The Thrills : Middlesbrough Cornerhouse

The way The Thrills handle their ancient musical runes is vital, affecting, energised and just plain [i]thrilling[/i]...

"There's a guy advertising a The Thrills aftershow across the road," Conor Deasy tells a jubilant Cornerhouse, almost spitting his disgust. "He's charging three pounds to get in. Well, fuck him, we're staying here for a piss-up afterwards and you're all welcome to join us."

a href="">The Thrills hit Middlesbrough in battle mode. Gone are the drippy hippy Brian Wilson disciples with sand in their toes; in their place a well-drilled country pop machine with pure punk hearts pummelling beneath their imitation Nashville cowboy shirts. A burst of stadium lights introduce the distinctly Bruce Springsteen new track 'Tell Me Something I Don't Know' - the Bruce Springsteen' blue-collar holler deliciously replaced by Conor's fragile whimper, like a small orphan dying of some Dickensian cholera. The piano eruption of 'Your Love Is Like Las Vegas' is so breezy it blows Conor backwards like a wind tunnel. 'One Horse Town' is almost Motown in its stompadelic funkiosity. And during a tumultuous 'Big Sur', Daniel pitches forward into the 'casual frugpit', stagedives lazily for a minute and then reappears, not a note missed. No time for modesty, no space for musical mildew here; the stakes have been upped.

The Thrills - like Kings Of Leon and the skinny-trousered children of New York's funk-punk scene - have realised that, though their role in 2003 is to be the fluffy cream filling in rock's retro mudcake, they're capable of far transcending their own influences. Leave the art of hollow pastiche to those The Darkness wankers and the Australians, The Thrills are out to embellish their hairy heritage. A spike of youthful punk spunk in The Band's eyeballs on 'Say It Aint So'. Grandaddy's wobbliest keyboards and a cheeky nod to Rene & Renata's 80s school disco snog classic 'Save Your Love' during the Last Waltz In Memphis that is 'Old Friends, New Lovers'. There's even a thin film of Morrissey's folkabilly panto grandeur glossing their best new tune, 'Down By The River', as if they caught a dose of showmanship from the Albert Hall toilet seats. Though their very auras are rose-tinted, The Thrills' sheer vitality gleams radiantly through.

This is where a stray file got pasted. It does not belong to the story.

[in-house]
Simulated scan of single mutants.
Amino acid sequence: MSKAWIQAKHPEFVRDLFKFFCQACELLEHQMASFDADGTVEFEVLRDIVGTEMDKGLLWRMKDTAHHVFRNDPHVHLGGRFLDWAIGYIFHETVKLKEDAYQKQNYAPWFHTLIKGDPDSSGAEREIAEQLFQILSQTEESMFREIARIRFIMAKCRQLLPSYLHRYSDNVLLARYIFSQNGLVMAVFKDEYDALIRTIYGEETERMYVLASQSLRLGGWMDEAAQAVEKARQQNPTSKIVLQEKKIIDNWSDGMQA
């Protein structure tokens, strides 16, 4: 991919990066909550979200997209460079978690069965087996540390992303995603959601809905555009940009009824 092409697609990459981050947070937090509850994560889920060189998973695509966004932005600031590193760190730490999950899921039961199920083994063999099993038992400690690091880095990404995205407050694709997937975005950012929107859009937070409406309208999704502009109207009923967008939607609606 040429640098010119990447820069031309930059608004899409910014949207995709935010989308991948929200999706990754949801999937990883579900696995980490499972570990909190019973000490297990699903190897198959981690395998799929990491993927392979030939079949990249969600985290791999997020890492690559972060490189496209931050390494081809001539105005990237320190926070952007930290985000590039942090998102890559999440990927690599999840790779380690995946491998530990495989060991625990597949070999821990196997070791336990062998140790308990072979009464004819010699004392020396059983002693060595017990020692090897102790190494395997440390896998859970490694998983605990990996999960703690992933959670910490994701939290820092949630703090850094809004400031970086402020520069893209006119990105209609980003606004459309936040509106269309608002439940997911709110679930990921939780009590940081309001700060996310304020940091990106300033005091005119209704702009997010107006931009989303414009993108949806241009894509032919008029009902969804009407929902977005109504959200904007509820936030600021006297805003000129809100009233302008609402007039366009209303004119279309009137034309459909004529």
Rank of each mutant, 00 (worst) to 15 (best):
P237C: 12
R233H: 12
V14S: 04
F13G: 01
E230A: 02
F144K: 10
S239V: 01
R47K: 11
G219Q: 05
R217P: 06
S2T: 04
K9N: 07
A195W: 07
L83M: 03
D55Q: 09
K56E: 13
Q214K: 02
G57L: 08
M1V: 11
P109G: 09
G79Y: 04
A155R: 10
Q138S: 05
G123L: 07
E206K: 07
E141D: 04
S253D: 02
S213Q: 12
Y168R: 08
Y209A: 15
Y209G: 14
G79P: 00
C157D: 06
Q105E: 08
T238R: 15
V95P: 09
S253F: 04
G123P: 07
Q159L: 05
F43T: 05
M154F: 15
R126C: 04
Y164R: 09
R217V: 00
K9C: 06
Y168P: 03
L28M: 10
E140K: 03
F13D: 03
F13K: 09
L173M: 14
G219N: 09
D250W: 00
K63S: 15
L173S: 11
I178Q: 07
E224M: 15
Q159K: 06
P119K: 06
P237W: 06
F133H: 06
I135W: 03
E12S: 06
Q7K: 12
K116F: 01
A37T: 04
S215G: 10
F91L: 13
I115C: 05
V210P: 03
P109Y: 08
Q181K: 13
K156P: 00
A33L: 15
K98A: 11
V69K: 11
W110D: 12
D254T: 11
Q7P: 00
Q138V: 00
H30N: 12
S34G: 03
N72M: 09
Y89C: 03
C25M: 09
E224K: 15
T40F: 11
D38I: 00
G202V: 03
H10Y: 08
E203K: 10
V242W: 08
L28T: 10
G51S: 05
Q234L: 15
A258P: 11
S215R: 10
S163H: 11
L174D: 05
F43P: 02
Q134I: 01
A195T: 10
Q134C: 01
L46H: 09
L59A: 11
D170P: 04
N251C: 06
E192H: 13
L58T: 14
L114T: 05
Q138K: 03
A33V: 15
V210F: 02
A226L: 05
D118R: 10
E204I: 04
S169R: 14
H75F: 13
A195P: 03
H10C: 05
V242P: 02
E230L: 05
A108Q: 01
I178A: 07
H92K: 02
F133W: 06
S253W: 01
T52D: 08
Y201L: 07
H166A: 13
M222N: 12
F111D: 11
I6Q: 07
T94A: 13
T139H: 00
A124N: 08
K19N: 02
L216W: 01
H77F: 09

And, yes, there's misery too. The sweetest. Without ever once dressing up like llamas and trying to make a noise like 'God Only Knows', The Thrills manage to pull off 'Pet Sounds'' masterful trick of capturing merriment at the precise moment it turns maudlin. 'Don't Steal Our Sun' unravels a tale of intense bitterness and frustration ("I hear you're dating Sue/Well you're welcome to") while 'Til The Tide Creeps In' has us dancing on the dockside during some lonely vigil for a lost lover.

You could label The Thrills as summery retro dullards with their heads stuck firmly up Neil Young's arse if you want, but you might as well claim that Robert Johnson thought of 'Elephant' in 1928 or that all Ian McEwan does is just rip off a dictionary. The way The Thrills handle their ancient musical runes is every bit as vital, affecting, energised and just plain thrilling as any Kings Of Leon, Coral or Beach Boys. They're your [a][/a], sure, but plus some. And everyone's welcome to join them.

Mark Beaumont

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